In the end, it flew straight off my lap and onto her bed, with her already in it, too excited to sleep. I’d promised it for Sunday evening and sewed all that afternoon, square after little square, until the chicken was ready and we sat down to eat together. There were six more still to go. Get ready for bed, I told her, and I’ll tuck you up in it while you sleep. But six small squares don’t take long, and her eyes were still open when I carried it up to her room.
I have been waiting, throughout the making of this quilt, for those squares to turn into diamonds. I kept thinking that it would happen at the next stage of the process: when the top came flying together, when it was bound, or when I started to quilt it. But they never came. All I could see were patchwork squares, old bits of this and that salvaged from summers past. Blouses and shirts, frocks and flimsy cotton skirts, old sheeting worn out in the middle, a woollen blanket of my grandad’s. Snippets of new fabrics, and remnants from dressmaking projects. Lovely things in their own right, worn and faded and soft. But not diamonds. Never diamonds.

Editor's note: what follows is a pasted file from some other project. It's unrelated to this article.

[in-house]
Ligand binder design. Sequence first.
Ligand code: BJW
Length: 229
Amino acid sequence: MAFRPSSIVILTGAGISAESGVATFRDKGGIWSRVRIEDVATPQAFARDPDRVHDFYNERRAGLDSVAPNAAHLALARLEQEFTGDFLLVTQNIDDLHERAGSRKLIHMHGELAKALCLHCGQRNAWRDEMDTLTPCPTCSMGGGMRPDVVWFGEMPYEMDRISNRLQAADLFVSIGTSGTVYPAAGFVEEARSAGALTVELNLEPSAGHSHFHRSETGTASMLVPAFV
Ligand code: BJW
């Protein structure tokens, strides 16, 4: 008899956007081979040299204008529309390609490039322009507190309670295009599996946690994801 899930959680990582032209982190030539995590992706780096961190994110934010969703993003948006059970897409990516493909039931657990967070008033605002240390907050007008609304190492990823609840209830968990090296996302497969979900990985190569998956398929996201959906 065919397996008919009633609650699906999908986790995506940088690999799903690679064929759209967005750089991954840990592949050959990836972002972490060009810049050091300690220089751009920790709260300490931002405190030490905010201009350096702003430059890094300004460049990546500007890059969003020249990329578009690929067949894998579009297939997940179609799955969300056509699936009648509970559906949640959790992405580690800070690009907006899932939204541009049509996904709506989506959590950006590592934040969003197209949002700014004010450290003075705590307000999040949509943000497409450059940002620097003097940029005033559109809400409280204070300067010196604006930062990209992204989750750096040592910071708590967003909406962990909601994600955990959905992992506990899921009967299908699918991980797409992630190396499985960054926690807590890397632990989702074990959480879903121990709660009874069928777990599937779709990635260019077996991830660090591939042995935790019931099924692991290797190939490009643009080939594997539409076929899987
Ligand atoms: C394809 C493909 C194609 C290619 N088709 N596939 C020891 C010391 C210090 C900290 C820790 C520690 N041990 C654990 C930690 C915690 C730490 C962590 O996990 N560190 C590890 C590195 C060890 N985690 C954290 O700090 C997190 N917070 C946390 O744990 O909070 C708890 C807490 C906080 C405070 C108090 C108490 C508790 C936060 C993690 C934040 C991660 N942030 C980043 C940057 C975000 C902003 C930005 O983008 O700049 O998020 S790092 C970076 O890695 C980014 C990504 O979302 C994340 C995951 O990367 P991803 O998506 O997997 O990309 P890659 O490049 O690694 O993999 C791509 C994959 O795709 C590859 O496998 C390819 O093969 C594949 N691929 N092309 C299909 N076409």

Until, that is, I had tucked it around her and kissed her goodnight and was tiptoeing out of the room. I looked back for one last sleep tight and there they were: a whole grid of diamonds, criss-crossing one another in their abundance. A quilt full of them. A few steps away, a new perspective, and there they were. Diamonds for a little girl, soft and floral and warm.— June 8, 1932